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In 2012, two of the best meals of my trip were enjoyed at Taperia Criollo operated by Chef Tania Livier and at El Sarmiento owned by Chef Guillermo "Memo" Barreto. The two are partners in love as well as work and currently run Taqueria Criollo, making it a high priority for me to check out when I returned to Ensenada in June 2017. I liked Criollo so much for breakfast, I returned for lunch a couple days later before heading home, and again on my August visit.
Taqueria Criollo serves breakfast and lunch by counter service. Seating is outdoors, mostly under a canopy. It&#39;s away from the port and tourist scene, causing some grumbling among visitors. For me, that’s an advantage because parking is so much easier.
Chef Tania is the queen of salsas. Though they have a full line of cooks, she makes the colorful and distinctive condiments herself each day. They&#39;re available on a self-serve bar for customers to help themselves.
I helped myself to a dab of each, creating a jewel box of condiments to sample with our order. Taco de borrego tatemado blew me away. Braised heritage lamb was unbelievably intense and deeply flavored with juicy shreds of tender meat and crispy seared edges, garnished with shaved radish, slivers of red onion, cherry tomato and cilantro leaves.
When I commented on how good the corn tortilla tasted, Chef Memo handed me a fresh and warm one, just delivered from his purveyor. Deeply corny, thin, tender and pliable, so wonderful a base for the taco menu here.
Behold the Chilaquirrito! The creative chefs have dubbed their style of cuisine &quot;Mexa-pop&quot;, taking back the popular standards from Americanization by infusing traditional elements with a new twist. This mash-up of a burrito and chilaquiles was a deliciously successful reconquista, putting the two together in a chewy flour tortilla with a runny egg. I loved the noisy crunch of the chips and slathering with each salsa one by one for change up in flavors.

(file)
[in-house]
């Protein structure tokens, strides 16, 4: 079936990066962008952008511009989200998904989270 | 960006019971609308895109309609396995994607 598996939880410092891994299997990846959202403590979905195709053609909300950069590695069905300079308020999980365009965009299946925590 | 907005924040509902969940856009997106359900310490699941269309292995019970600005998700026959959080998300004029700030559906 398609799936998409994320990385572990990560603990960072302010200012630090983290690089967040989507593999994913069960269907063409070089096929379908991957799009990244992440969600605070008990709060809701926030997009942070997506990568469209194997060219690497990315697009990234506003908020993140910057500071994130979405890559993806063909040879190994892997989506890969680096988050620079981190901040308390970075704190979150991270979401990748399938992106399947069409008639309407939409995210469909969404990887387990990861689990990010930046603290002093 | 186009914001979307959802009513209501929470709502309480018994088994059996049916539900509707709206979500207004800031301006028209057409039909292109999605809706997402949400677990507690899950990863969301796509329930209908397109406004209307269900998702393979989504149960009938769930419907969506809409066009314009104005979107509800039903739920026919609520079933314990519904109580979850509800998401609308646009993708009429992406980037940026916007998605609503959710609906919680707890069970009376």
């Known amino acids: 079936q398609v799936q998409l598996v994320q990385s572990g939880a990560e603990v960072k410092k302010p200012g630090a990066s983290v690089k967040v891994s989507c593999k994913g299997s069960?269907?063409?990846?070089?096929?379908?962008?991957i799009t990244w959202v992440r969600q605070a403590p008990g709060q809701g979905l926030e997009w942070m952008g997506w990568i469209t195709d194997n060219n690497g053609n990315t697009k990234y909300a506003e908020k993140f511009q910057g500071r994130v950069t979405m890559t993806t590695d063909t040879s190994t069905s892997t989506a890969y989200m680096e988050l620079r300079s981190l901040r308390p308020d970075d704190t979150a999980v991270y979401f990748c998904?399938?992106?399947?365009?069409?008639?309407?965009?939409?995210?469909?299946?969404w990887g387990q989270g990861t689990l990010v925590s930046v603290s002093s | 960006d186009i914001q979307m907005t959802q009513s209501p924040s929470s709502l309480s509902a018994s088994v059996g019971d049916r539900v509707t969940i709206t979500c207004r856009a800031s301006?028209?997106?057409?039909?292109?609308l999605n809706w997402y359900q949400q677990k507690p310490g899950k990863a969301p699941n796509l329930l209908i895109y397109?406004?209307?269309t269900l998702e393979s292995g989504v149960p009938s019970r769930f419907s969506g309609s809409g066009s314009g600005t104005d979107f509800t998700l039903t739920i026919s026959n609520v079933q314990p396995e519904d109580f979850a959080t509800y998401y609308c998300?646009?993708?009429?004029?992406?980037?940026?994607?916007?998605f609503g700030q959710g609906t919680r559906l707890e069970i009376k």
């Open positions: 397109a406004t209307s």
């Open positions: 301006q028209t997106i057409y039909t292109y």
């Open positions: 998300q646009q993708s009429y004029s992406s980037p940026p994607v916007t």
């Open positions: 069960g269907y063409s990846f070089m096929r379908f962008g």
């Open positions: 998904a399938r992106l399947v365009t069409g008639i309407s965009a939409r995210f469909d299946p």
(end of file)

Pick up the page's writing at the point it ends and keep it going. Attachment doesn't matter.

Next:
A few days later I returned to try the Chilaquiles on their own. A small size turned out to be quite generous, a serving of ultra crunchy tortilla chips napped with half red and half green salsas, guacatillo (avocado/tomatillo sauce), queso fresco, black beans, and guiso of your choice. Machaca, for us this morning. Egg, cooked as you like, is also an option.
i wanted to dig into the Tacos Chulos side of the menu. The &quot;Sarmiento&quot; reprised the finest tongue taco on the planet tasted five years earlier at the restaurant of that name. Tender beef tongue slices garnished with Persian cucumber rounds, guacatillo, a signature savory-tart relish, radish and cilantro leaves arrayed on a single ply corn tortilla. A masterpiece.
&quot;Pesca del dia&quot; was an homage to Ensenada&#39;s fish tacos fried in lard, evoking the flavors and textures. Fish grilled on the plancha with crisp pork chicharron, lemony aioli, guacatillo, cured onions and cucumbers will not replace the classic taco de pescado in my heart, but was enjoyable on its own terms.
&quot;El Campechano&quot; was a surf and turf of grilled octopus with crispy fried tripa on a smear of red beet puree and garnished with guacatillo and lemony aioli.
Then in August I convinced my traveling companions to take breakfast here before we left town. Cafe Chata, a cold brew coffee plus horchata hit the spot alongside the refreshing Green juice.
My previous visit I noticed a staffer lighting a wood fire in a small smoker. He explained that its used to smoke filet mignon. Well, I had to try that. The &quot;Tostada Catrina&quot;, a crunchy blue corn tostada, layered cold smoked filet mignon, frijoles and cheese was incredible with the rich yolk of the sunny side egg saucing the composition. We repeated the excellent taco de borrego tatemada, and expanded to a most delectable trio of vegan tacos (soy chorizo, achiote stained refritos, rajas asadas).
Taqueria Criollo has dice cups available to shake over who gets the bill. No matter who winds up paying the tab, I&#39;ve been grateful to eat so well for so little at this chef-driven taco stand.
Calle segunda #1380, entre Floresta y Espinoza
Ensenada, Baja California
+52 646 206 6290
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